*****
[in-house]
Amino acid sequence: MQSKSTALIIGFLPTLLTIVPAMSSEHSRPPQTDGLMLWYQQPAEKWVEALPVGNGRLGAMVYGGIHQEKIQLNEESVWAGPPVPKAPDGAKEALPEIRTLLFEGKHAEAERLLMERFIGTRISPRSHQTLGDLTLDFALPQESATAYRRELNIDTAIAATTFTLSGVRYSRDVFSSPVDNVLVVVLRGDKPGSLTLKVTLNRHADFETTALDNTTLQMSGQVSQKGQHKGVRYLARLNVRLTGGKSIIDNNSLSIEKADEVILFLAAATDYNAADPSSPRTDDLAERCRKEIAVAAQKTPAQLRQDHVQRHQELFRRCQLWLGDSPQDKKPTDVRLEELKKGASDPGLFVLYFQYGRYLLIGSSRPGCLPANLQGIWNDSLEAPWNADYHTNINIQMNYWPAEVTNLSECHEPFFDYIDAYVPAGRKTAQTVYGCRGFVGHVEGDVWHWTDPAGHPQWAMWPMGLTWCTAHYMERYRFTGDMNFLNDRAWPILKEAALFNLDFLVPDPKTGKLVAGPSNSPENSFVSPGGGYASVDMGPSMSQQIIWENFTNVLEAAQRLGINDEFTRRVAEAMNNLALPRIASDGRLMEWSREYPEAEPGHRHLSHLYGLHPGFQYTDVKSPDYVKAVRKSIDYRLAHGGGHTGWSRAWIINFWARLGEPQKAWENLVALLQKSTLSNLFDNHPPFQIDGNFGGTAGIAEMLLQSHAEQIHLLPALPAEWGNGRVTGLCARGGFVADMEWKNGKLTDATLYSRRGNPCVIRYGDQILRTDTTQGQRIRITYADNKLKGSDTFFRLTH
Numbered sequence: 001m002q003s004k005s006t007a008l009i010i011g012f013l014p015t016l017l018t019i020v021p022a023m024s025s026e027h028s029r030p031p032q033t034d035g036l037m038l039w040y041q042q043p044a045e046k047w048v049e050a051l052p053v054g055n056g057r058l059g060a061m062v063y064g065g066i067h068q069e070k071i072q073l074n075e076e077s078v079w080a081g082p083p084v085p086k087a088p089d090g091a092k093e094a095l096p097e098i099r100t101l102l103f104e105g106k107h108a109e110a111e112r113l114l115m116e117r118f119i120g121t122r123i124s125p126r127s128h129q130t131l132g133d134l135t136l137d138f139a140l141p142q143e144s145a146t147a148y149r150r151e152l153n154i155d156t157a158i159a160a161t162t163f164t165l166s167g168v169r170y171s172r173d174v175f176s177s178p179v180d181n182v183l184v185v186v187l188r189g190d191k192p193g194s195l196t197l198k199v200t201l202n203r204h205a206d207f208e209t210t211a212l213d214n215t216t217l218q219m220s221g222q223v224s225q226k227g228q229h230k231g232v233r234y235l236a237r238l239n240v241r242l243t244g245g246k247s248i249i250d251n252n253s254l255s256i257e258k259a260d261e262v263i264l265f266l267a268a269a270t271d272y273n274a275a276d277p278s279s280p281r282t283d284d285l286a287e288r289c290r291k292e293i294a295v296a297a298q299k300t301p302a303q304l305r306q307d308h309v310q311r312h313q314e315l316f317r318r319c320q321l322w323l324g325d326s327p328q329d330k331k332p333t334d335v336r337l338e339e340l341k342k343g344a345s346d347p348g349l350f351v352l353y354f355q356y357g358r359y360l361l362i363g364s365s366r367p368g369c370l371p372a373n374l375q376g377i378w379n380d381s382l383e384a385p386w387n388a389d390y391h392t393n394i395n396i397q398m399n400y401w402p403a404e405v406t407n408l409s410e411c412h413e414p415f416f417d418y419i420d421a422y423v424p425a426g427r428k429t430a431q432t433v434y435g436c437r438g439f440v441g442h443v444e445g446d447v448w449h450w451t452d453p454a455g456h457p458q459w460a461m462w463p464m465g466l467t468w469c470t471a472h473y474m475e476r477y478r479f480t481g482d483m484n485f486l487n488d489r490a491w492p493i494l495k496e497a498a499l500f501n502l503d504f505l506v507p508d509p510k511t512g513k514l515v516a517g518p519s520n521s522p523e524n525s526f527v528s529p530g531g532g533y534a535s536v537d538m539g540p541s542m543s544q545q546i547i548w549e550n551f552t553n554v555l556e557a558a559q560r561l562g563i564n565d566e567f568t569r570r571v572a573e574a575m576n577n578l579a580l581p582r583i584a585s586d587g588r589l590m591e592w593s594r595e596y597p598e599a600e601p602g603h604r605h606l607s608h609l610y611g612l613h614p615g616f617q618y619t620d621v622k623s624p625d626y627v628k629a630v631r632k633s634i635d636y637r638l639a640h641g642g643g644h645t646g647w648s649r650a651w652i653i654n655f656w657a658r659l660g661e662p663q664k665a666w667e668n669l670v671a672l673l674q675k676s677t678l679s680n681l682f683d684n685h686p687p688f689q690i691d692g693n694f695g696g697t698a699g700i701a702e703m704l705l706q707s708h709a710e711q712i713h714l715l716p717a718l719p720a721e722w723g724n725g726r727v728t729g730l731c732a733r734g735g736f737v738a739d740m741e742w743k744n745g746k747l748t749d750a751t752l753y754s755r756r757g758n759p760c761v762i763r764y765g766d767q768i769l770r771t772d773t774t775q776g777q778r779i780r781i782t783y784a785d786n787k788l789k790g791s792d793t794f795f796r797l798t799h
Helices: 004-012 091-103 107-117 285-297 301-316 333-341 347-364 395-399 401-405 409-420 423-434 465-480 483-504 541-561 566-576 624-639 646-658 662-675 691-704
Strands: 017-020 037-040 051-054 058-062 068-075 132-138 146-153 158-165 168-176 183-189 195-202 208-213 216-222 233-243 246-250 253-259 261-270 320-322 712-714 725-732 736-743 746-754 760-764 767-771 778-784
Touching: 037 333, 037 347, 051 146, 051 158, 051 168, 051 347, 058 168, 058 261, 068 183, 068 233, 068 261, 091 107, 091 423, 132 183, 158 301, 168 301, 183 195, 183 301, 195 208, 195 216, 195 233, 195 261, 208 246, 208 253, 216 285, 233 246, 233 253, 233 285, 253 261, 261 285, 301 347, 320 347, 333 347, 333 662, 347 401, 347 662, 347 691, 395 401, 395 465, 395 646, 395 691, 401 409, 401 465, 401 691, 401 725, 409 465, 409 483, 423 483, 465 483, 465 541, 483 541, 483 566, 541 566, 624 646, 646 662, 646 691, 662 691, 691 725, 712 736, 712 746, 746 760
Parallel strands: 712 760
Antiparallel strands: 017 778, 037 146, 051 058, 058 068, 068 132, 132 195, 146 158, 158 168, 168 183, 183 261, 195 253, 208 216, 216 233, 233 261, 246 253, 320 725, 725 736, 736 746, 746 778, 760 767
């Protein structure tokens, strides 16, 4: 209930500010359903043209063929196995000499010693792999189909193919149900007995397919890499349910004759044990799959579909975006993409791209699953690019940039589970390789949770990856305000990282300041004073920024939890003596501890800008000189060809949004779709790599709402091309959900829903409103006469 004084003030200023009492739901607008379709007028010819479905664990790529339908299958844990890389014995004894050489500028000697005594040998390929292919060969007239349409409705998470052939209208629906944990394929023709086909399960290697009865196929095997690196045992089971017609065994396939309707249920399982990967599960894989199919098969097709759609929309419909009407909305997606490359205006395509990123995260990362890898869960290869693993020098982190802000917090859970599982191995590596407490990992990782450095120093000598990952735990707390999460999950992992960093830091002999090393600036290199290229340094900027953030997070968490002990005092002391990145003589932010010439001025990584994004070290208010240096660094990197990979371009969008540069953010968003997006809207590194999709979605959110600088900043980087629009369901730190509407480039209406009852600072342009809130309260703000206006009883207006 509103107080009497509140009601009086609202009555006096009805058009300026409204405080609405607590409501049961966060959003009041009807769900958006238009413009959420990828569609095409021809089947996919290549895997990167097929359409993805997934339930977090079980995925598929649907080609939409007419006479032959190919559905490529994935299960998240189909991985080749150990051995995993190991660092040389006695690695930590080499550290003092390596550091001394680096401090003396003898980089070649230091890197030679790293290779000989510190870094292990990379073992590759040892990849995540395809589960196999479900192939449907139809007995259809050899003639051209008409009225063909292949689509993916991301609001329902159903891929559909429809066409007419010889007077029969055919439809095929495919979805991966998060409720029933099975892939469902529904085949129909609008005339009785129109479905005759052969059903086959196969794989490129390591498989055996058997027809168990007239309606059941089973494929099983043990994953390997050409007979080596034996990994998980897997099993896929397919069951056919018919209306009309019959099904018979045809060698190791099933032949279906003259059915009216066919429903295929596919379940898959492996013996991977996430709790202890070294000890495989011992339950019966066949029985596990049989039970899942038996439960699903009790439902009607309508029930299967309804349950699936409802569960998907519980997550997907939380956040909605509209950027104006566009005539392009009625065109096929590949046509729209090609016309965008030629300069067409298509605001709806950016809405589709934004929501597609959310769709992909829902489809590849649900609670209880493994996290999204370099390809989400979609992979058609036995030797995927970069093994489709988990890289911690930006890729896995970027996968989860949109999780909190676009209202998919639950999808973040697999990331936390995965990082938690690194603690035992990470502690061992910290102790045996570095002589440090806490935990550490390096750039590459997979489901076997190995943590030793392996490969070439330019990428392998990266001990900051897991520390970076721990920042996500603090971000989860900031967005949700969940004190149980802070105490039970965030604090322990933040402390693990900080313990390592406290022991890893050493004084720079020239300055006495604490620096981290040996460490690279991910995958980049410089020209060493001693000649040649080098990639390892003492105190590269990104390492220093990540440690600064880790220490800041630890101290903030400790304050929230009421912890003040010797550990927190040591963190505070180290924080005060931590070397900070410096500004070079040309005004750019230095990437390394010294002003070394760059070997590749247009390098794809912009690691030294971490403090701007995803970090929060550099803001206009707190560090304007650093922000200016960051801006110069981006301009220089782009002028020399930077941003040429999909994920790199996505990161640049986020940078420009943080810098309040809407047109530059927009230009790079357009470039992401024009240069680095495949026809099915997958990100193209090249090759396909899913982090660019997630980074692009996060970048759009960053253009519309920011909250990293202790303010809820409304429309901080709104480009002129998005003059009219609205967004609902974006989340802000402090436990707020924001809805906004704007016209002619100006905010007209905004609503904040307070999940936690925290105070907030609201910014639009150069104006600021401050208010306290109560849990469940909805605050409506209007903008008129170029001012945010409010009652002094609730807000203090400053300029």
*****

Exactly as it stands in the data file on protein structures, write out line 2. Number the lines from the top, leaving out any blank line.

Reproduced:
Amino acid sequence: MQSKSTALIIGFLPTLLTIVPAMSSEHSRPPQTDGLMLWYQQPAEKWVEALPVGNGRLGAMVYGGIHQEKIQLNEESVWAGPPVPKAPDGAKEALPEIRTLLFEGKHAEAERLLMERFIGTRISPRSHQTLGDLTLDFALPQESATAYRRELNIDTAIAATTFTLSGVRYSRDVFSSPVDNVLVVVLRGDKPGSLTLKVTLNRHADFETTALDNTTLQMSGQVSQKGQHKGVRYLARLNVRLTGGKSIIDNNSLSIEKADEVILFLAAATDYNAADPSSPRTDDLAERCRKEIAVAAQKTPAQLRQDHVQRHQELFRRCQLWLGDSPQDKKPTDVRLEELKKGASDPGLFVLYFQYGRYLLIGSSRPGCLPANLQGIWNDSLEAPWNADYHTNINIQMNYWPAEVTNLSECHEPFFDYIDAYVPAGRKTAQTVYGCRGFVGHVEGDVWHWTDPAGHPQWAMWPMGLTWCTAHYMERYRFTGDMNFLNDRAWPILKEAALFNLDFLVPDPKTGKLVAGPSNSPENSFVSPGGGYASVDMGPSMSQQIIWENFTNVLEAAQRLGINDEFTRRVAEAMNNLALPRIASDGRLMEWSREYPEAEPGHRHLSHLYGLHPGFQYTDVKSPDYVKAVRKSIDYRLAHGGGHTGWSRAWIINFWARLGEPQKAWENLVALLQKSTLSNLFDNHPPFQIDGNFGGTAGIAEMLLQSHAEQIHLLPALPAEWGNGRVTGLCARGGFVADMEWKNGKLTDATLYSRRGNPCVIRYGDQILRTDTTQGQRIRITYADNKLKGSDTFFRLTH